Net Zero is within reach, if we back the right innovators
11 Jan 2021
For all the misery of the Covid-19 pandemic, for the fear of hospitalisation and worse, for the stress and worry of lockdown and furlough, could there be a glimmer of environmental optimism? Not in the short-lived fall in emissions in spring, built on the back of economic misery – but in the widespread ambition and determination to build back better.
The government has launched a 10-point plan for a Green Industrial Revolution, and committed significant sums to infrastructure that helps to deliver it. There is broad agreement across parties that the economic recovery should be built around the clean, green industries of the future.
Targeting Net Zero must be at the heart of the national effort to regain the lost ground of 2020.
The response to the pandemic is a sign of what we can achieve when we have an urgent, shared mission. Society adapted almost overnight to the new normal – homeworking, social distancing, helping neighbours. And critical institutions from supermarkets to the NHS reconfigured themselves to meet the new challenge. If we can do that in the space of weeks – then just think what we can achieve in the next three decades if we set our minds to the challenge of Net Zero.
Covid-19 may be the collective kick up the behind that we all need to make it a successful reality.
Boris Johnson has called for Britain “to build back better, to build back bolder”. He wants to “drive economic growth in all parts of the country” and he says, “we must work fast”. He wants the UK to be a “science superpower”. These are noble goals, they are achievable too, and they can be at the heart of the Net Zero agenda… if there is the long-term will to match the rhetoric.
In the spring Budget, the UK Government said it aimed to double R&D spending in the next five years and establish a new agency to promote ‘moon-shot’ innovations, modelled on ARPA in America. Though the mood music around a British ARPA has waned and there was no mention of the five year goal for R&D spending the recent Spending Review, there does still seem to be a desire from government to explore more diverse funding mechanisms for innovation, including challenge prizes.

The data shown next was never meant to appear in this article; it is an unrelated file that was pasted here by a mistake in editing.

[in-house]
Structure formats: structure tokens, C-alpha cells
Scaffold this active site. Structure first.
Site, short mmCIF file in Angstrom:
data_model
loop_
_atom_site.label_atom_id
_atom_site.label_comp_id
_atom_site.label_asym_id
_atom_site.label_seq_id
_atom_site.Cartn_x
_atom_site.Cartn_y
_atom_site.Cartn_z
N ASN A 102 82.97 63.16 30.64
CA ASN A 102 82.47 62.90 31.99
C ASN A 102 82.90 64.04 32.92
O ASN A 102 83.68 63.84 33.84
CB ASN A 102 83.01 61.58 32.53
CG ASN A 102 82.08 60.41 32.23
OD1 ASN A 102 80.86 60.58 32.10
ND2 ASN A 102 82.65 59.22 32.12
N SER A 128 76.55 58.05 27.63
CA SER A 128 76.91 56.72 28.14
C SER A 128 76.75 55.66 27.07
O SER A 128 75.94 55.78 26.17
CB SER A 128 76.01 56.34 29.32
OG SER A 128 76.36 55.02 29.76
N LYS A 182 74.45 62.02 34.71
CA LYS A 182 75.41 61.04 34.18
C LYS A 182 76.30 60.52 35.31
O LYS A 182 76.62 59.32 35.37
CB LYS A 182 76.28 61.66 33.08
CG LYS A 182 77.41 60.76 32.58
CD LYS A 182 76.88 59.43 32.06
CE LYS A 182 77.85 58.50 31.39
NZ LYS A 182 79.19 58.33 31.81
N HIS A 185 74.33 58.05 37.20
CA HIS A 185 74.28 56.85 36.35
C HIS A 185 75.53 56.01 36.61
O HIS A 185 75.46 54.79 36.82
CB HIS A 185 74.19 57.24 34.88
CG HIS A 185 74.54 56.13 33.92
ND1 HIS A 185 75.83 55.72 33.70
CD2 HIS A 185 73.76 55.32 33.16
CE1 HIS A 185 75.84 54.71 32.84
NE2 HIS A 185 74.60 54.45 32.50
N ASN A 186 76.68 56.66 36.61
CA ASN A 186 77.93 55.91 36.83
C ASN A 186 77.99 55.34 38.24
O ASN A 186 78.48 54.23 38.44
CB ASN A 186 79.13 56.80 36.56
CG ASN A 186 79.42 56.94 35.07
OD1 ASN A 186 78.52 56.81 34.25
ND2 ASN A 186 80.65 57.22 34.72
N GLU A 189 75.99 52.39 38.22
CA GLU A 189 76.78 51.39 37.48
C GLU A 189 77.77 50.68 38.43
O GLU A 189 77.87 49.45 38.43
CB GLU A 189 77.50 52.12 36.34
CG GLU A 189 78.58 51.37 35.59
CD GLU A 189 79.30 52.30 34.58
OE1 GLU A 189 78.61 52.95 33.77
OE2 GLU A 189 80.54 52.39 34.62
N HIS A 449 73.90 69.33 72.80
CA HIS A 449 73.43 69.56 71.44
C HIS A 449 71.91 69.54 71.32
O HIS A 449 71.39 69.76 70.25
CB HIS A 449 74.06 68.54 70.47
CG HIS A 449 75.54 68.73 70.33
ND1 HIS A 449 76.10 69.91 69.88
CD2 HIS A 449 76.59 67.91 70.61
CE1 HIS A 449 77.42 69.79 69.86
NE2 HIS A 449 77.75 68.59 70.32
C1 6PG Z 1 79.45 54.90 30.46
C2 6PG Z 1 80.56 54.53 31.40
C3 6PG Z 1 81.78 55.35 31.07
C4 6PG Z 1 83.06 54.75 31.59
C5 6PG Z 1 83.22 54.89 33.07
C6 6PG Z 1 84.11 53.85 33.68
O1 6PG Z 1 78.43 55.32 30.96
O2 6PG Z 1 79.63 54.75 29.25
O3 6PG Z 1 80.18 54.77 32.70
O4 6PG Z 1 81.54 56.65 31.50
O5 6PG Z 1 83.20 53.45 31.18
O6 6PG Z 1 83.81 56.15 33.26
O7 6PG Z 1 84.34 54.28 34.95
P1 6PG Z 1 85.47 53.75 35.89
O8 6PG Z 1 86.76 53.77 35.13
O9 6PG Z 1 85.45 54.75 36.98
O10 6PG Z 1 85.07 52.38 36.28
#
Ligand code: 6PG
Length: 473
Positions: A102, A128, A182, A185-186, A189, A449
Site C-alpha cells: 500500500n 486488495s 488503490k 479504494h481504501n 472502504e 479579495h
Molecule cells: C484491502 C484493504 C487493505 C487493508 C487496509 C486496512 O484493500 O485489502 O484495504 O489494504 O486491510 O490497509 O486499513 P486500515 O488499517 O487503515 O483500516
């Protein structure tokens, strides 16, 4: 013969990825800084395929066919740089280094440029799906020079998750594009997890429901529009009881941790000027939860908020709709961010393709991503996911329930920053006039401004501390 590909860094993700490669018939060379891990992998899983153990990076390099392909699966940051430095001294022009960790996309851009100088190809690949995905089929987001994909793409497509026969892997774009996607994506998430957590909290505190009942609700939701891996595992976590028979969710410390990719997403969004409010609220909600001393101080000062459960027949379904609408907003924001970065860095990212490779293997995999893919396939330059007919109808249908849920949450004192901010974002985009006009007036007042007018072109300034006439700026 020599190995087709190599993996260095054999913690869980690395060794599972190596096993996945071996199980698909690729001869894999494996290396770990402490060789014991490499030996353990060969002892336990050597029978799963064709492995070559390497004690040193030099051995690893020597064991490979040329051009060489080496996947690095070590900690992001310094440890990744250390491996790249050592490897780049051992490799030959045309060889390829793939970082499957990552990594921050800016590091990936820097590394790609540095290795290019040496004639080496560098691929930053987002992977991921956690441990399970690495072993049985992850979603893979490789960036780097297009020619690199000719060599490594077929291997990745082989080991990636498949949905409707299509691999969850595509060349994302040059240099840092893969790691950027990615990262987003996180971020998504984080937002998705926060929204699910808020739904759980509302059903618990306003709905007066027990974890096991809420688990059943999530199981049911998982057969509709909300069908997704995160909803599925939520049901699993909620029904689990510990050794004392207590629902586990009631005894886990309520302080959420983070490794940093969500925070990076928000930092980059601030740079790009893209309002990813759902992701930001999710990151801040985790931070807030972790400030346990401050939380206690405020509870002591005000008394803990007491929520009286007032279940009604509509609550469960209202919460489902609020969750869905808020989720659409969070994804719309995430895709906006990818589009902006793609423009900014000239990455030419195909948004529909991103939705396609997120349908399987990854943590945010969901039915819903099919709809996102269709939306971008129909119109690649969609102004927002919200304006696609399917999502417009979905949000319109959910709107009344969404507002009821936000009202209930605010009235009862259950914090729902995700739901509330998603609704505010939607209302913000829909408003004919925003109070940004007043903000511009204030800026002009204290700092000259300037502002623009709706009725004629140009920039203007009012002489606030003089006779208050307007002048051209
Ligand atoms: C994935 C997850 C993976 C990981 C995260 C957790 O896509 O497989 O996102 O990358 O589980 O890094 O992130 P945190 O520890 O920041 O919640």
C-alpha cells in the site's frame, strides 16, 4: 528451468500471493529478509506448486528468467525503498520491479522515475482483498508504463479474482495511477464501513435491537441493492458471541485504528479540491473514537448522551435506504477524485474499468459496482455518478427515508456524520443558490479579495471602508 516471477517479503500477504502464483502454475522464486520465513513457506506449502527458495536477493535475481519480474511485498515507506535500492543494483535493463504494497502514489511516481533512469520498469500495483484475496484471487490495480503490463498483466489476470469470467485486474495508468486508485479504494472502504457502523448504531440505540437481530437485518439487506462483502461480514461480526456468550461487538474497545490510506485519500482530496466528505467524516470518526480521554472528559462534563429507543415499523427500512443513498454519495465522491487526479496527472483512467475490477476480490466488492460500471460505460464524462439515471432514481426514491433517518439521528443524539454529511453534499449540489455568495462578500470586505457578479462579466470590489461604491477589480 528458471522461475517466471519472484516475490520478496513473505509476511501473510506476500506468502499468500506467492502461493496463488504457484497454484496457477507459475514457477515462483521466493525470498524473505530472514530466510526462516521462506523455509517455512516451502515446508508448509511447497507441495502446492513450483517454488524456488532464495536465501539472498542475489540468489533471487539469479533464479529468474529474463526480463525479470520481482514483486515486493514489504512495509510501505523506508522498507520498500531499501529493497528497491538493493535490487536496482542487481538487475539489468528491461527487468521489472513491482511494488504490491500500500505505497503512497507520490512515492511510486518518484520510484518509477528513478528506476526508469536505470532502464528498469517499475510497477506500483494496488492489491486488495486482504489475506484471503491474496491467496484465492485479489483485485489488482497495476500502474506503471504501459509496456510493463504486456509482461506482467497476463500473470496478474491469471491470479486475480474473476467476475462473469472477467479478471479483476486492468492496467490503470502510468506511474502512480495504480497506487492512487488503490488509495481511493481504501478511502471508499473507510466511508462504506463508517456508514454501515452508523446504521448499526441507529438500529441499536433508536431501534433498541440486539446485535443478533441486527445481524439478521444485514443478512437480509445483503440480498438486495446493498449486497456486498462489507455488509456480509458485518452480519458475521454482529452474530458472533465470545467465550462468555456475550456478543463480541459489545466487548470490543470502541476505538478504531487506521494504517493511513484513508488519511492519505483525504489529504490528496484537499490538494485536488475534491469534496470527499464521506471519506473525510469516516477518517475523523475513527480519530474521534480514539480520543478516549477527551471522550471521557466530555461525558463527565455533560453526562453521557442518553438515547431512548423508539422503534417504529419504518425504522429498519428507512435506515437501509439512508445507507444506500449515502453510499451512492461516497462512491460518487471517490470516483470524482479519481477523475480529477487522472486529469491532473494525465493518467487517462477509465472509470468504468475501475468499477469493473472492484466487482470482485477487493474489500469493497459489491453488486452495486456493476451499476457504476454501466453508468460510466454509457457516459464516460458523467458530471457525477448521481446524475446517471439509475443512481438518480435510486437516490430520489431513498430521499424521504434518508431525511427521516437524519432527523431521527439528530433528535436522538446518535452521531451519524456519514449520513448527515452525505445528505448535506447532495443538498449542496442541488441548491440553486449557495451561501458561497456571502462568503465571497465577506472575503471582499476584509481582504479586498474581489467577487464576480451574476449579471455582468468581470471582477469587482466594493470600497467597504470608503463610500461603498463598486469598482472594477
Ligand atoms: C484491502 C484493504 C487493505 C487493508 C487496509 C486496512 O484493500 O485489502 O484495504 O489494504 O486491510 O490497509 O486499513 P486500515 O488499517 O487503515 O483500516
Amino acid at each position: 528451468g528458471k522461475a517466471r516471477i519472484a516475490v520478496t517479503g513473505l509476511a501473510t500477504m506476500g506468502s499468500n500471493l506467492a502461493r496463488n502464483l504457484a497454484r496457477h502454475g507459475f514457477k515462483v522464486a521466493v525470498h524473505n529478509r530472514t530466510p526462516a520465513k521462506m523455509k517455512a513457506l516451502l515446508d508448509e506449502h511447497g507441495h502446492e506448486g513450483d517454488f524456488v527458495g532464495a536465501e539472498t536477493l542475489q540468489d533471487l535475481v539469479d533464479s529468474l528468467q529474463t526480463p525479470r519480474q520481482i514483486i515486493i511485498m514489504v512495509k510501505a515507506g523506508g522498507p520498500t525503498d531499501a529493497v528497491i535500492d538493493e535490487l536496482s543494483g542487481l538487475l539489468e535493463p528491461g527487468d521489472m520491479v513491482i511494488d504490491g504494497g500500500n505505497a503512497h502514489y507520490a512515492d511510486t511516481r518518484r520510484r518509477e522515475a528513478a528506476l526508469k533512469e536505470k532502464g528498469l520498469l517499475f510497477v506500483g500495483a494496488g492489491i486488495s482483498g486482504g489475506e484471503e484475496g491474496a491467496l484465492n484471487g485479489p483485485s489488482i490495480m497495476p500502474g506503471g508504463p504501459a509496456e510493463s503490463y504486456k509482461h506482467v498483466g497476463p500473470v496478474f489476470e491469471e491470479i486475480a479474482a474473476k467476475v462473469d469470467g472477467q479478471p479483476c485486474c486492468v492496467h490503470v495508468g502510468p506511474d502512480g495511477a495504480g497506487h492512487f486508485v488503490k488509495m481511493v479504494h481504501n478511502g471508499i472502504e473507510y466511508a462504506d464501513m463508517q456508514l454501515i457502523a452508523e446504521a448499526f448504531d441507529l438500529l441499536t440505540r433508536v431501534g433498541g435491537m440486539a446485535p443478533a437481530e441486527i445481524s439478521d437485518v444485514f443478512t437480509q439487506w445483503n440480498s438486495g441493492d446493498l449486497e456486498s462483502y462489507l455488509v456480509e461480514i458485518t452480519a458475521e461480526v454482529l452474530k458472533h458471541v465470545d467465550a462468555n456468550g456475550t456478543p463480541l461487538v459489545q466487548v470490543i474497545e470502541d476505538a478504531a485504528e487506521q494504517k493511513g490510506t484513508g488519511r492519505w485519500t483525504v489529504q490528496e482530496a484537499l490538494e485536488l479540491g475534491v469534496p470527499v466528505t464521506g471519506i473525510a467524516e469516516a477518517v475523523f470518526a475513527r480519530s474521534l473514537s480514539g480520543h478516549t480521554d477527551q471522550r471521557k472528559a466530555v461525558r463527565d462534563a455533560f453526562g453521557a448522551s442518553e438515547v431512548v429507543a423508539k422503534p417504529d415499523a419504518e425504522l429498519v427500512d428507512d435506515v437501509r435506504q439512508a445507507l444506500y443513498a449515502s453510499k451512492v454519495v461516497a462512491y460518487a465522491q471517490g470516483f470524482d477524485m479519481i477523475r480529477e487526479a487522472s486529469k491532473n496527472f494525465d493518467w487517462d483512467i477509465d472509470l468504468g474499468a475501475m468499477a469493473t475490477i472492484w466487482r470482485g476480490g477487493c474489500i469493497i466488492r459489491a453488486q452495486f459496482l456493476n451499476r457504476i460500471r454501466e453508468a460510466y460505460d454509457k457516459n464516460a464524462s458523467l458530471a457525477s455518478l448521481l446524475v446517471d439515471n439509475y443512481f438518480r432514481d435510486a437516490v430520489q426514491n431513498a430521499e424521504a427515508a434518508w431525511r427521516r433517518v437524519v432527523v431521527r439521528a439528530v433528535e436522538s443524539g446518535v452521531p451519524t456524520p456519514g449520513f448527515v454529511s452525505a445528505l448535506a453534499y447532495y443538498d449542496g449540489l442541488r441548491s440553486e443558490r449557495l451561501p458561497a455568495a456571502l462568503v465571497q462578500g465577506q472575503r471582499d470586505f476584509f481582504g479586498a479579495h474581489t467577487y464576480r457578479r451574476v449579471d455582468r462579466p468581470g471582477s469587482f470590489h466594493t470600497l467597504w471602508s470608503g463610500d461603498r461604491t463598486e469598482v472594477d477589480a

To those unfamiliar with them, challenge prizes encourage innovators to develop solutions to problems we face, with the promise that the first or the most effective solution is rewarded with a financial pay-off. This flips the traditional model for funding R&D, where grants are given upfront to companies (often large established incumbents) who seem best placed to come up with a solution, whether they eventually deliver it or not, and whether that solution has any meaningful impact or not.
Challenge prizes level the playing field
They allow small businesses and disruptive start-ups with little or no track record, but bright ideas, to compete alongside the usual suspects. The prize money goes to the most effective idea, once it has been demonstrated to work – rather than what looks like the safest bet. They let governments take bold choices without being reckless with public money.
Achieving Net Zero will not be solved by one single discovery, it will require myriad changes in every part of life and industry to overcome the obstacles that currently prevent each sector from going green. We’ll need social and behavioural change as well as technological innovation, and we’ll need public buy-in.
We cannot only rely on the same few engineering consultancies to help; we must find ways of crowding in innovative thinking and disruptive approaches to fight the battle on multiple fronts. Greater use of challenge prizes can help Britain achieve its ambitious goals whilst creating new world-leading industries in green technology.
Our recent Great Innovation Challenge paper explores possible opportunities where the country could excel in the green recovery.
Negative emissions technologies, such as carbon capture and sequestration for instance, could be part of our arsenal in combating climate change – provided it’s not just used as an excuse by big polluters to keep doing what they have always done. A prize could incentivise small-scale, distributed approaches to carbon capture, and incentivise the creation of businesses whose entire model is to leave the environment in a better condition than it is now.
A challenge to create smart green shipping solutions could tackle the emissions of an industry we are so reliant on as a globally connected island, but that are very difficult to cut. It could create opportunities for small British businesses to compete successfully in the maritime industries and make logistics more efficient as well as cleaner.
These are just some areas where prizes could be relevant.
What about reinventing the electricity grid to cope with electrified mobility and heating; low and zero carbon alternatives to concrete and steel in construction; regenerative and carbon negative agriculture; zero and low carbon aviation; or retrofitting of buildings for energy efficiency. There are so many areas that would benefit from new innovation and innovators contributing to change. But we need mechanisms to propel this expertise to become the new businesses, employers and wealth creators for a carbon neutral (and carbon negative) world.
Net Zero is a bold and brave ambition, it requires bold and brave approaches to achieving it. If we are to ward off the damage we have done to the climate, we must invest now and grow the industries and companies that will help us thrive in the green economy. Investment in research and development, in science, in ground-breaking ideas will be essential. Making challenge prizes a part of the mix will help us unlock the potential of innovators across the country, to build back better, faster and, most importantly, greener.